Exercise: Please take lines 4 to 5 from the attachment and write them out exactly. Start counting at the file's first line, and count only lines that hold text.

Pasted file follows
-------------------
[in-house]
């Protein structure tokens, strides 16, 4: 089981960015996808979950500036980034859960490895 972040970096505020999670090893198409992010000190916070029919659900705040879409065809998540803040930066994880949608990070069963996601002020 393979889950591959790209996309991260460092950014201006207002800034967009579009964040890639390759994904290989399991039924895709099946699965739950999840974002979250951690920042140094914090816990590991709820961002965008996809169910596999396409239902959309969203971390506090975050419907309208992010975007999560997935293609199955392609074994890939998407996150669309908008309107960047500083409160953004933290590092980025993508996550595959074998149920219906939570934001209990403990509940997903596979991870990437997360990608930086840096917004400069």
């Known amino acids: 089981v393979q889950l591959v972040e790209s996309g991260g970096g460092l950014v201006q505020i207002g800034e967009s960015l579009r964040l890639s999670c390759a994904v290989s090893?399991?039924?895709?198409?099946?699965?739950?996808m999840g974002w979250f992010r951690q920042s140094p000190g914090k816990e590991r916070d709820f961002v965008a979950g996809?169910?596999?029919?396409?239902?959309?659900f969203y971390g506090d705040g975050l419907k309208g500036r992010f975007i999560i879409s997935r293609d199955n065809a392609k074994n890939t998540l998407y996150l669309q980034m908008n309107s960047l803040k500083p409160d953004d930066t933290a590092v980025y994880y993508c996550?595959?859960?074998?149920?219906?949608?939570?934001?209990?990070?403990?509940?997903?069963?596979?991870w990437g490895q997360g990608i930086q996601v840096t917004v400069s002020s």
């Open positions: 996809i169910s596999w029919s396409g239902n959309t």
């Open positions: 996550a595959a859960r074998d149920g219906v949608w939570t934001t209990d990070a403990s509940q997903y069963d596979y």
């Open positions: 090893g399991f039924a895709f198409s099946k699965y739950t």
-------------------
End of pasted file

């Open positions: 996809i169910s596999w029919s396409g239902n959309t």
């Open positions: 996550a595959a859960r074998d149920g219906v949608w939570t934001t209990d990070a403990s509940q997903y069963d596979y």